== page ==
5. Doubles continues to receive much deserved airtime from Tennis Channel and NBC in America. Following the Women’s Final, the Mens’ Double Final was presented. The Bryan’s lost to Spain’s Feliciano Lopez and Marc Lopez 4-6, 7-6, 3-6. The match was thrilling as the Lopez’s pushed the Bryans back to the baseline fighting to handle Feliciano’s pace and placement. This upset is surpassed only by the Leandra Peas and Hindis win over Sania Mirza and Ivan Dodig 4-6, 6-4, 10-8. This was a close match. When one team dominated, the other fought back and took control. It was nice to see Paes win his career grand slam and his tenth mixed doubles slam. His old-school style is a great match with Hingis. It will be interesting to see if he goes to Rio and who he partners with for doubles given the controversy he and Mahesh Bhupathi encountered for the London Olympics 2012. Also Garcia and Mladenovic defeated Makarova and Vesnina in the Women’s Doubles 6-3, 2-6, 6-4..
4. Tommy Haas was named Tournament Director of BNP Paribas Open (Indian Wells). This is surprising. Not only is he an active player, but he is also German and not known to be a supporter of women’s tennis or issues on tour. Given the previous director’s sexist comments and resignation, this is a risky choice for the biggest joint event outside of a slam. Of all the current problems in the sport, this isn’t a wise move. Is Haas even qualified for the role beyond that of a goodwill ambassador? More importantly, let’s wait to see what if any concerns WTA CEO Simon voices on behalf of his tour. Do note, that this appointment is pending ATP and WTA approval.
3. Six months into his tenure as WTA CEO Steve Simon has yet to make any noticeable changes. At the WTA Finals (November 2015) he bemoaned the need to address the schedule to ensure the health and well-being of the players. Granted, schedule changes will require at least a year to implement changes, but if changes are in the pipeline, Simon would do well to embrace transparency. He needs to announce plans and provide a timetable. He has said, “We’re building our infrastructure and building a solid foundation. This is a great team to work with. We’ve cleaned up a lot of the internal issues and have stabilized ourselves financially; we have a good outlook moving forward.” Though the beIN Sports/PERFORM ten-year agreement is seemingly lucrative ($525 million) and cements WTA Media, the tours dedicated media arm, it may not be in fans’ best interest. It is unclear if fans will need to subscribe to new outlets to watch WTA matches. American Tennis fans will need ESPN, Tennis Channel and beIN to enjoy tennis. For more on this issue, check-out Fan Series: Accessibility Accessibility is not Relegated to Availability.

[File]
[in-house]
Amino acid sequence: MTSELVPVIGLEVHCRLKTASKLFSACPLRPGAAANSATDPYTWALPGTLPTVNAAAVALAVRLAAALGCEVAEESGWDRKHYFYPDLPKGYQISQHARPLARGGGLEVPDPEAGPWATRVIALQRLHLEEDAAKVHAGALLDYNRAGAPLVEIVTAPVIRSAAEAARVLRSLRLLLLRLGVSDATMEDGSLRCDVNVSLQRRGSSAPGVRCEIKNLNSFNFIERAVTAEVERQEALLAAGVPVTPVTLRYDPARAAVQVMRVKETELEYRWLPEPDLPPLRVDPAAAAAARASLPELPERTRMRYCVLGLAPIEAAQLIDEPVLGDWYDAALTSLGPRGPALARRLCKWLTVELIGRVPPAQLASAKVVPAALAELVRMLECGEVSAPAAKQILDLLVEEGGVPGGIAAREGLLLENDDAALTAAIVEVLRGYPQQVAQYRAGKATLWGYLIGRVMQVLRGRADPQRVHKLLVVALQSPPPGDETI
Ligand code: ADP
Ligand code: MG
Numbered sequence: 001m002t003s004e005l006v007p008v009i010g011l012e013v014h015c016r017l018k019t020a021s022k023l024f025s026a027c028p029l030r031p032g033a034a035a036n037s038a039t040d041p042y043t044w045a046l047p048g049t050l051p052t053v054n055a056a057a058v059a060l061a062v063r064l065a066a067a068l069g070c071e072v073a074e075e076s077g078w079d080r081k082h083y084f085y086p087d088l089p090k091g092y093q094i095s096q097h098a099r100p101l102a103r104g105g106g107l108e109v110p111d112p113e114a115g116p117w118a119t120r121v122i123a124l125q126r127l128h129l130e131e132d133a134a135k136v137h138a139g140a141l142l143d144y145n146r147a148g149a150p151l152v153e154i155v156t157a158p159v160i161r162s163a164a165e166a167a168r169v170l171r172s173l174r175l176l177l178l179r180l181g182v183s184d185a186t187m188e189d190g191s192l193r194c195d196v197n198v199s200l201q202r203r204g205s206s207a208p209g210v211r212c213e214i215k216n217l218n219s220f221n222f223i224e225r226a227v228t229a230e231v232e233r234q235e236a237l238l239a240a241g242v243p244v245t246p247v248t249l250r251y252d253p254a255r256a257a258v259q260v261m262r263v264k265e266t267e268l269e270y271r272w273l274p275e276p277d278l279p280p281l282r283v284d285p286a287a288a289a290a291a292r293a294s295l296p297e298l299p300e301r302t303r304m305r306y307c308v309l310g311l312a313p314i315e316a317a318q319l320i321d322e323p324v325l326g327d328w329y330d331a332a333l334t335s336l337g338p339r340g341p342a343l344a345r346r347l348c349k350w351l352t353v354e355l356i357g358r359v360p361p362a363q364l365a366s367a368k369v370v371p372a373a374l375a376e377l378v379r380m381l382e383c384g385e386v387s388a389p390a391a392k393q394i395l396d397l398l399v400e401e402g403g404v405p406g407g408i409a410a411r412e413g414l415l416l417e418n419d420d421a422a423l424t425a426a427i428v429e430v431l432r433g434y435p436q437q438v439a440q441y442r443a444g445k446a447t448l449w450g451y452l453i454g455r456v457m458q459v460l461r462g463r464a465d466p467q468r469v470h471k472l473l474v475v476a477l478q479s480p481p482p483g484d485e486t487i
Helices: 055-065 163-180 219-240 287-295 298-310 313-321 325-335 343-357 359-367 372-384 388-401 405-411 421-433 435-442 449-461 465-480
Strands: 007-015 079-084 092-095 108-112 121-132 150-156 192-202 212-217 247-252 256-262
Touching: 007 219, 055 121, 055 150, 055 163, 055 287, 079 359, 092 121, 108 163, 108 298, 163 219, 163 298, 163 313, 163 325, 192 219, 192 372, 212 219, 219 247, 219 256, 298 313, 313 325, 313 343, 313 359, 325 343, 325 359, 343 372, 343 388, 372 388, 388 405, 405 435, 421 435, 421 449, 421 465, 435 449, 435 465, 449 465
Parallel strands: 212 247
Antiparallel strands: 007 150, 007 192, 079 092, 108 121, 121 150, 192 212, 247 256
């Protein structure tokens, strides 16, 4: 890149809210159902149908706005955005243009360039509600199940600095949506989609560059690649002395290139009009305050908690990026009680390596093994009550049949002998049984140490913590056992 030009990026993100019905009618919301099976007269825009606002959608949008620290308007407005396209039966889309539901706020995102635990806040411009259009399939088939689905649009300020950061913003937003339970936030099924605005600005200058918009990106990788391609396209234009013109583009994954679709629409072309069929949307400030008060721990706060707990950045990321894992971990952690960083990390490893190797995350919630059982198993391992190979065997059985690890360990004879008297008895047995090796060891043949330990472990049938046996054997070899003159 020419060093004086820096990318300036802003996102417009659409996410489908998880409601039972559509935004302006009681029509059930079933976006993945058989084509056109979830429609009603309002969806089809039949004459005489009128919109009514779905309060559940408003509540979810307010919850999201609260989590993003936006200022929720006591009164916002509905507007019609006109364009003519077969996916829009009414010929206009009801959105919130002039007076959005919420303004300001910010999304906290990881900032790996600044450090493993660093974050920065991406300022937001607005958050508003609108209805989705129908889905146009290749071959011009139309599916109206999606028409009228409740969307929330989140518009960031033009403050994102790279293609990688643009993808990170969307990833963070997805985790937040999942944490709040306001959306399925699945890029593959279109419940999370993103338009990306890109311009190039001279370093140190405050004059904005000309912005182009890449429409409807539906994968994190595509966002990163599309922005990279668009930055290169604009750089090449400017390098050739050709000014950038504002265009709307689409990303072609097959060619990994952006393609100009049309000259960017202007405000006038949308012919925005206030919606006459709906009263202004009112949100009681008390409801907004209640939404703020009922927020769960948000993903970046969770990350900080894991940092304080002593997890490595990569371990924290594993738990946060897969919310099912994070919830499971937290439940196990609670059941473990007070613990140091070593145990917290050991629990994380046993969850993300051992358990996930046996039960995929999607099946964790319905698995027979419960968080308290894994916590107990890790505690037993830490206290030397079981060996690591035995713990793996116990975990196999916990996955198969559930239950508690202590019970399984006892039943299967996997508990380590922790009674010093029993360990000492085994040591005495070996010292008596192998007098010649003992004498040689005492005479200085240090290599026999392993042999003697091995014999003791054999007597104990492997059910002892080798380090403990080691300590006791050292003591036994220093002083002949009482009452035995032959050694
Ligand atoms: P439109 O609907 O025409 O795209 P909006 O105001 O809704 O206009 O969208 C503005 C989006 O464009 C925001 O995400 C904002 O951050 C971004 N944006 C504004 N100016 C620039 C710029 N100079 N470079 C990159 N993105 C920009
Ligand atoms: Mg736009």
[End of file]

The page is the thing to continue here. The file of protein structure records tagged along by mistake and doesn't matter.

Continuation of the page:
2. Wawrinka’s lost to Murray set-up the umpteenth Djokovic and Murray match; this is their first final at Roland-Garros. Though I missed this match, I called this one. An in form Wawrinka is the only player that could truly disrupt Djokovic on the clay. Djokovic defeated Murray in four sets 3-6, 6-1, 6-2, 6-4. Though super fit and a good player, Murray has to try something new if he is ever to defeat the giant that is Djokovic. Congratulations to the new career grand slam winner. He is on course for the grand slam. There isn’t much resistance the top ten offers this champ.
1. Garbine Muguruza has won her first grand slam, defeating Serena Williams 7-5, 6-4. The French Open will be forever known as the slam that toppled the people’s gladiator. The city was flooding, prompting The Louvre Museum to move priceless art and closing for several days. However, tennis’ true treasure, Serena Williams, was forced to play four consecutive days. Somber throughout the tournament, she did not complain.”I’m not one to ever make excuses. I have played four or five matches in a row lots of times. I just didn’t do what I needed to do. I didn’t play the game I needed to play to win and she did. Adductor or not, she played to win. That’s what she did.”
In Serena’s eyes and demeanor it was apparent that she was less than one hundred percent. She marched into the final determined to put her best foot forward. Her opponent, was ready. Garbine Muguruza had her own story to fulfill and she set-out unapologetically to bring the trophy back to Spain. She was aggressive, focused and calm; she was as even as tempered as one could be when facing what WTA’s Courtney Nguyen has coined the sport’s greatest escape artist. In post press Serena has said that Muguruza played the big points better. This is true. Her game was not flawless but it was enough. She had eighteen winners and twenty-five error. nine double faults, but seventy-four percent first serve points won and forty-five percent second serve points won. The champion had no major let downs. But the deciding factor was Serena’s lack of freedom on the court. Her injury relieved her of the confidence and ability to go big when it really counted. Relax, she has not retired. She is still arguably the best. Slam number eighteen took a while. If number twenty-two takes a year, so be it. When it comes I will be here applauding!